Not long ago, Michael Jordan won a lawsuit he filed against the Chinese company Qiaodan Sports. The latter was found guilty of using stark references to Jordan’s brand for advocating for their product line–which is a giant no-no.
Cases like this are why it’s vital to protect your brand and trademark from being infringed upon by other parties through the legal system. These instances are serious enough for a business to go through the process of filing a lawsuit (yes, we said it) against an infringer in order to recover damages from them.
In this post, we’ll cover everything you need to know about logo trademark infringement, including a guide that will help you protect your own trademark from being infringed upon by others.
Before we get into the how’s and why’s, let’s define what exactly we’re talking about when we say “trademark infringement”. Though you can trademark things like phrases and words, we’re going to talk specifically about logo trademark infringement because, well, that’s what you came here for!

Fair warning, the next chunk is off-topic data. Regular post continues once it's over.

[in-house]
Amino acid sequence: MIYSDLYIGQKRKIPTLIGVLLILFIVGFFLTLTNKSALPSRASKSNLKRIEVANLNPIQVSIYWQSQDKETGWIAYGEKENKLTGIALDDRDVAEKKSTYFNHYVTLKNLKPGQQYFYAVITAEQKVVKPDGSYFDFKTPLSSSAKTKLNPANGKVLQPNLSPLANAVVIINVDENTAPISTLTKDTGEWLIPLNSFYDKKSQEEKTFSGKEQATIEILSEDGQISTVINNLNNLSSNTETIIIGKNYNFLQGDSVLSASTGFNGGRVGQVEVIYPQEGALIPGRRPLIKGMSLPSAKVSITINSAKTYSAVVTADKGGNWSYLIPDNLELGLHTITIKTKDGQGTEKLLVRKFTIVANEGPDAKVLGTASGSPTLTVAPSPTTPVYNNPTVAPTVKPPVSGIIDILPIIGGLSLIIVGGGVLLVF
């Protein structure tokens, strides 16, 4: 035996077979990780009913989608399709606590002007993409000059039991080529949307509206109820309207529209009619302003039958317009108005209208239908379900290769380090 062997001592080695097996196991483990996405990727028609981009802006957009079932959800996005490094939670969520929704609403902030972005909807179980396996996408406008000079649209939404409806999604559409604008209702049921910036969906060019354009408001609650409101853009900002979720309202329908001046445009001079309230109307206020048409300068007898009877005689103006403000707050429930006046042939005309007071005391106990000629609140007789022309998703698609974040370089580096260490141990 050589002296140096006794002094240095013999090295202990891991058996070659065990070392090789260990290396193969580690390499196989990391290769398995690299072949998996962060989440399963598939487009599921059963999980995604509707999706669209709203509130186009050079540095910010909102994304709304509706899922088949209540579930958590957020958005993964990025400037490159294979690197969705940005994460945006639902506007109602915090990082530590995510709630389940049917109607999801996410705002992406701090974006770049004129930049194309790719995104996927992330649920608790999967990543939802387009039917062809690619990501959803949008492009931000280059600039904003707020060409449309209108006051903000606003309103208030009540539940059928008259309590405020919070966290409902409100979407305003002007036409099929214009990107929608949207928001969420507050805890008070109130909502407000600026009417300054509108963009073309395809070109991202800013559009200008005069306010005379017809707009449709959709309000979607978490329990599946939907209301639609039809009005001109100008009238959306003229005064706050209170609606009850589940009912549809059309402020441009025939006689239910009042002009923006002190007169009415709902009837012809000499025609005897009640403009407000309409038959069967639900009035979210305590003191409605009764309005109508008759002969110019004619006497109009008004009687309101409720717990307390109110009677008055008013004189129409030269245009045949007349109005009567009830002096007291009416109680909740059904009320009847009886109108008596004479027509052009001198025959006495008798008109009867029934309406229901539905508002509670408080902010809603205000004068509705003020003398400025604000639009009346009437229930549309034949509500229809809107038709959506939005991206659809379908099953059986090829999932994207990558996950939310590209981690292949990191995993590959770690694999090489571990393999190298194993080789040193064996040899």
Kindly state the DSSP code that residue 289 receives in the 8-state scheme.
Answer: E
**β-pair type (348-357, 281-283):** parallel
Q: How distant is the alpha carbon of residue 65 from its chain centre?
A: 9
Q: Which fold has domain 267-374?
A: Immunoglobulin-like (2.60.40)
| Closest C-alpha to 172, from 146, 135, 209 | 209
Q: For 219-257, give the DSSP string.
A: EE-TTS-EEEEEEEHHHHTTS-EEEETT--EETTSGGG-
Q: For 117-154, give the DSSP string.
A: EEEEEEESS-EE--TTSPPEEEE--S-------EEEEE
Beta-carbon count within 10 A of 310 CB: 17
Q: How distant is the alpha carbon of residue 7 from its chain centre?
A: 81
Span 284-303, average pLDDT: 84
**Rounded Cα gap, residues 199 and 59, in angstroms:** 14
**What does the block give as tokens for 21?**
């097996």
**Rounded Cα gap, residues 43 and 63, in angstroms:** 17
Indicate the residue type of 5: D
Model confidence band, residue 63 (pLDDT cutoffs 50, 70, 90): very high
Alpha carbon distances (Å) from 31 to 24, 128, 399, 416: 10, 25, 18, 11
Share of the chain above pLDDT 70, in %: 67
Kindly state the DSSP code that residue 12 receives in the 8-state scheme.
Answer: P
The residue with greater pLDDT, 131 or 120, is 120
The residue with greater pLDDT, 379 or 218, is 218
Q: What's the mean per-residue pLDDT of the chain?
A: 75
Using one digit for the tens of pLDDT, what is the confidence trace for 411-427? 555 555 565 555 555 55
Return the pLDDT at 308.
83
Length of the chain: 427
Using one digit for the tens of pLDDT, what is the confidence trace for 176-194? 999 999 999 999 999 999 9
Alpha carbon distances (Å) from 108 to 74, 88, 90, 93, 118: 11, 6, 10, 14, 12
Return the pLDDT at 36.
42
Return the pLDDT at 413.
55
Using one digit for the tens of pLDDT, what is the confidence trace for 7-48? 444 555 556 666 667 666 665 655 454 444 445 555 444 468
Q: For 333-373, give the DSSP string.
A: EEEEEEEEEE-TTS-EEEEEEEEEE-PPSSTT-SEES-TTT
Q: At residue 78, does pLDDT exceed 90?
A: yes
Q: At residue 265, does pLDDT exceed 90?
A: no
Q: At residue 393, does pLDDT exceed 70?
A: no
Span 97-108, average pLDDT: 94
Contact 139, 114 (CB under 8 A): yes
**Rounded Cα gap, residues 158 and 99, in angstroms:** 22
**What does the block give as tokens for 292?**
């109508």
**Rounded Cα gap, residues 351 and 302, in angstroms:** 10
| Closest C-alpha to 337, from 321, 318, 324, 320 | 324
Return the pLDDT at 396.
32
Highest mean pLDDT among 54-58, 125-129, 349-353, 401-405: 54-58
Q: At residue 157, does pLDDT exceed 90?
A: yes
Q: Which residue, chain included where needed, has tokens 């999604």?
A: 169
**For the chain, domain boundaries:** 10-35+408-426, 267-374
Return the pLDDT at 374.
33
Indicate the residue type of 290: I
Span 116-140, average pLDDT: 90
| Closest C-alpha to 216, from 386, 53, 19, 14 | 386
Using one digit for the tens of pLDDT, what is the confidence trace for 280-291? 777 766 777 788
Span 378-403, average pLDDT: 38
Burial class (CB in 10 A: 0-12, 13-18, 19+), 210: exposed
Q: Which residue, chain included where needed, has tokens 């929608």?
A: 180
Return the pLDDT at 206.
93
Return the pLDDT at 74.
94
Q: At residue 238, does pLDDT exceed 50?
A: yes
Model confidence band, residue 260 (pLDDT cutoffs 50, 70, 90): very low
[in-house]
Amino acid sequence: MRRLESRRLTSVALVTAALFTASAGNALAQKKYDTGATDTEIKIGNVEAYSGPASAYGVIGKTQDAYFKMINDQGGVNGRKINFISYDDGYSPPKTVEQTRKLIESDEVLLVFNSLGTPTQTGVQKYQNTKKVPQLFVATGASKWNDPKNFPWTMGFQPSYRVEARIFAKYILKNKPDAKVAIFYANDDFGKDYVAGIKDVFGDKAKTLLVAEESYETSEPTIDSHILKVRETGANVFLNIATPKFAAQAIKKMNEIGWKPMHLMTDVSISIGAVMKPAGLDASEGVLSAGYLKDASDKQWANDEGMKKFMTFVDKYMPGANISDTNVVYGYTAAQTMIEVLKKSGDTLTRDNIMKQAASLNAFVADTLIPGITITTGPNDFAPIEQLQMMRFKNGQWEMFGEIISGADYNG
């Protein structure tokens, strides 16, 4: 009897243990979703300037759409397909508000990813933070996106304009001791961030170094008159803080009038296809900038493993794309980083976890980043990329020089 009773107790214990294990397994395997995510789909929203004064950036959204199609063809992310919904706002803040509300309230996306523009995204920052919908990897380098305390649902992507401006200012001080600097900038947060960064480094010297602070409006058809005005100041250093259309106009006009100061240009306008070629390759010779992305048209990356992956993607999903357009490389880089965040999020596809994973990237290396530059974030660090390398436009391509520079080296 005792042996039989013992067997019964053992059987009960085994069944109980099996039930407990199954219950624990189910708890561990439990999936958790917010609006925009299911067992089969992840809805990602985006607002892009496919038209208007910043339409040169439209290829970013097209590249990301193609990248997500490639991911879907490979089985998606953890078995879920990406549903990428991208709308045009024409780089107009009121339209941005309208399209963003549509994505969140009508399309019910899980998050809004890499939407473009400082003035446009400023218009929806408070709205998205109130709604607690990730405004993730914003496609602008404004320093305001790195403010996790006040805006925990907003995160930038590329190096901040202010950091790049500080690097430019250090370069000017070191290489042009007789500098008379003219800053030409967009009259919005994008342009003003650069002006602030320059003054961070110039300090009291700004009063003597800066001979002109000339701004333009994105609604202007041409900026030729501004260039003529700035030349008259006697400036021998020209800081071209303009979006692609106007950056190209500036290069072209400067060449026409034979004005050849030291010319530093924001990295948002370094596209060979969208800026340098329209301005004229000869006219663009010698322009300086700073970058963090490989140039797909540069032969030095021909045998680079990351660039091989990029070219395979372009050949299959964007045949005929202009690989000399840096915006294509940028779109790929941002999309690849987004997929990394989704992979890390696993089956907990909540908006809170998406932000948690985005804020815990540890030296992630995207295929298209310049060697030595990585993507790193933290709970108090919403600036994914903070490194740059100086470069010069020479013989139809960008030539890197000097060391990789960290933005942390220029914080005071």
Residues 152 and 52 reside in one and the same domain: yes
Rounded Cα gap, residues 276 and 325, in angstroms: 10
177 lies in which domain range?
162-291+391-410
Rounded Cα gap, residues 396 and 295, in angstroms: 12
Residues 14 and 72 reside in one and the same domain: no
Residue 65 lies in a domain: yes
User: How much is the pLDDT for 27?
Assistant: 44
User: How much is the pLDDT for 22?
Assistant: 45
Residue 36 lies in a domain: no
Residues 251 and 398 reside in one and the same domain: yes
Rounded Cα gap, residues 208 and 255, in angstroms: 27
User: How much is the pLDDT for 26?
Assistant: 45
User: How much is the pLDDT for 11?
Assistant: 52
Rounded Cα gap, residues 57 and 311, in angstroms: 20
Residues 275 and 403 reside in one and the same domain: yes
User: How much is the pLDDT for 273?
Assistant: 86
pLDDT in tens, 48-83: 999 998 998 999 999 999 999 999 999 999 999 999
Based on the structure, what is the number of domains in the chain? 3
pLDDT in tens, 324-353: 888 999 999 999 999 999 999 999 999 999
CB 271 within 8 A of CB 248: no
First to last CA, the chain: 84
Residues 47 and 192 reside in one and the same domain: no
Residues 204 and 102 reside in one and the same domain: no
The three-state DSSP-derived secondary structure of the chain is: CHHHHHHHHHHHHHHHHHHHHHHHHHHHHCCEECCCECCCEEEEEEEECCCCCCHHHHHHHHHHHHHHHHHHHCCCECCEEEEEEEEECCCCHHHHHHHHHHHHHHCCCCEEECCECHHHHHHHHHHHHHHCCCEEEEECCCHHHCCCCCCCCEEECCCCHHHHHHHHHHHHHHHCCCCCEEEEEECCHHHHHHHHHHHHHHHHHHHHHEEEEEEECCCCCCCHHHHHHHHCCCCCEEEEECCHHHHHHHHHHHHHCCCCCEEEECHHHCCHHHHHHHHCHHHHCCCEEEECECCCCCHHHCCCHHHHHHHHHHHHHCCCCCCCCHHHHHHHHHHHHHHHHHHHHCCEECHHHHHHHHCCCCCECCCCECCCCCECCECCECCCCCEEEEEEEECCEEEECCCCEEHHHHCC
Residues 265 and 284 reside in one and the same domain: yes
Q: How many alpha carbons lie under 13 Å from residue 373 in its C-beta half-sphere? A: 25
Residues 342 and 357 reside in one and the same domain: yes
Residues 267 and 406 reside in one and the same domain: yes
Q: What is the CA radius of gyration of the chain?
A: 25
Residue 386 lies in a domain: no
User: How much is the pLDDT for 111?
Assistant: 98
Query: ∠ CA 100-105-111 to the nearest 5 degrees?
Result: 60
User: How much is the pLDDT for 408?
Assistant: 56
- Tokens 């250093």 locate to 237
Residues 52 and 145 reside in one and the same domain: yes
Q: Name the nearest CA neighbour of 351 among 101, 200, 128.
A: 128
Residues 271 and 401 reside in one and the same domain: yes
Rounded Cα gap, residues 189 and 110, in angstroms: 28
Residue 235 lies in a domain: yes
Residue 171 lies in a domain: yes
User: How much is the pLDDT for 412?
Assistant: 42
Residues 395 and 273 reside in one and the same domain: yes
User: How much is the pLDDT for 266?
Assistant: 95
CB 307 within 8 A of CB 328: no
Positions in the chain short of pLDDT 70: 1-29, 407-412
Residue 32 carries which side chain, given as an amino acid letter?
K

When you trademark your logo, you get “priority” to use it. So, when somebody uses your logo without permission, they’re confusing consumers into thinking that your logo is theirs, or that their logo is yours. When another person or company uses elements of your brand that are similar enough to yours that it can confuse consumers, that’s considered logo trademark infringement.
It helps to think about your trademark as one of your business assets. Your trademark represents your brand, distinguishes you from competitors, and gives potential customers a way to both remember your business and come back to you when they’re ready to purchase.
Now, when someone infringes on your logo trademark, they’re essentially using your business for their own means–which you’d have no control over if the law weren’t on your side. Not only can they steal some of your potential business by pretending to be you, but they can also give your business a bad reputation–posting online in your name, talking to your customers however they see fit, etc.
Luckily, logo trademark infringement is a legal offense, and you can take legal action–and may be entitled to compensation–if it happens to you.
The Louis Vuitton vs. Louis Vuiton Dak case is a classic example of why trademark infringement is so serious. A fried chicken restaurant (Louis Vuiton Dak) used an obviously similar name and logo variation to the French fashion house, winding up with a $12,500 fine.